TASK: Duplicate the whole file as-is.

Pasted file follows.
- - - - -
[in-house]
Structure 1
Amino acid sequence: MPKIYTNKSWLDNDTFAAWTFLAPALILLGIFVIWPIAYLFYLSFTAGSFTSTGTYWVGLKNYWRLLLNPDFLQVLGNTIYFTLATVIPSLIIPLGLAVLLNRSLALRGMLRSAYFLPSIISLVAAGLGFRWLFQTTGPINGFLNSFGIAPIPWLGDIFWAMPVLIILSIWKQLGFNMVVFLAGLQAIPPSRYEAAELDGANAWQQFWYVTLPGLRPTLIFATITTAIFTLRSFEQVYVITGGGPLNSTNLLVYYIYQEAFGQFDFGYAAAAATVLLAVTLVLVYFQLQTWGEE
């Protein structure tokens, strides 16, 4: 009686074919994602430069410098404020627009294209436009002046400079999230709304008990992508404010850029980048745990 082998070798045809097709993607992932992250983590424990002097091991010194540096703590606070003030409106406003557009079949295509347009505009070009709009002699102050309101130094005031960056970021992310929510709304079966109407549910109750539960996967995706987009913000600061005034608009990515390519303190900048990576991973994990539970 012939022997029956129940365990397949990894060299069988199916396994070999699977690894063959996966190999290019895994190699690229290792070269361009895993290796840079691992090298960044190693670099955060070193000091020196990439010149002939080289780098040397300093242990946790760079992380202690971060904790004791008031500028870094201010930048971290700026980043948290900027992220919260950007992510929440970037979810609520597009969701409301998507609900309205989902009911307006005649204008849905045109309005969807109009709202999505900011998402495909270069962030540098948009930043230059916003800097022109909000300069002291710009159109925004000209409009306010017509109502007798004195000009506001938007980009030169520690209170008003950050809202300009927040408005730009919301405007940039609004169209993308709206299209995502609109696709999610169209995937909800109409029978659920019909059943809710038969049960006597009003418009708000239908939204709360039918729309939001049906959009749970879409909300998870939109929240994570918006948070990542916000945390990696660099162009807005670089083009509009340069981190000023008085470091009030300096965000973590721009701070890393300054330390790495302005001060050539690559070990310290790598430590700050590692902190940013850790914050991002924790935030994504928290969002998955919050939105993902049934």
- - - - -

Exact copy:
[in-house]
Structure 1
Amino acid sequence: MPKIYTNKSWLDNDTFAAWTFLAPALILLGIFVIWPIAYLFYLSFTAGSFTSTGTYWVGLKNYWRLLLNPDFLQVLGNTIYFTLATVIPSLIIPLGLAVLLNRSLALRGMLRSAYFLPSIISLVAAGLGFRWLFQTTGPINGFLNSFGIAPIPWLGDIFWAMPVLIILSIWKQLGFNMVVFLAGLQAIPPSRYEAAELDGANAWQQFWYVTLPGLRPTLIFATITTAIFTLRSFEQVYVITGGGPLNSTNLLVYYIYQEAFGQFDFGYAAAAATVLLAVTLVLVYFQLQTWGEE
């Protein structure tokens, strides 16, 4: 009686074919994602430069410098404020627009294209436009002046400079999230709304008990992508404010850029980048745990 082998070798045809097709993607992932992250983590424990002097091991010194540096703590606070003030409106406003557009079949295509347009505009070009709009002699102050309101130094005031960056970021992310929510709304079966109407549910109750539960996967995706987009913000600061005034608009990515390519303190900048990576991973994990539970 012939022997029956129940365990397949990894060299069988199916396994070999699977690894063959996966190999290019895994190699690229290792070269361009895993290796840079691992090298960044190693670099955060070193000091020196990439010149002939080289780098040397300093242990946790760079992380202690971060904790004791008031500028870094201010930048971290700026980043948290900027992220919260950007992510929440970037979810609520597009969701409301998507609900309205989902009911307006005649204008849905045109309005969807109009709202999505900011998402495909270069962030540098948009930043230059916003800097022109909000300069002291710009159109925004000209409009306010017509109502007798004195000009506001938007980009030169520690209170008003950050809202300009927040408005730009919301405007940039609004169209993308709206299209995502609109696709999610169209995937909800109409029978659920019909059943809710038969049960006597009003418009708000239908939204709360039918729309939001049906959009749970879409909300998870939109929240994570918006948070990542916000945390990696660099162009807005670089083009509009340069981190000023008085470091009030300096965000973590721009701070890393300054330390790495302005001060050539690559070990310290790598430590700050590692902190940013850790914050991002924790935030994504928290969002998955919050939105993902049934």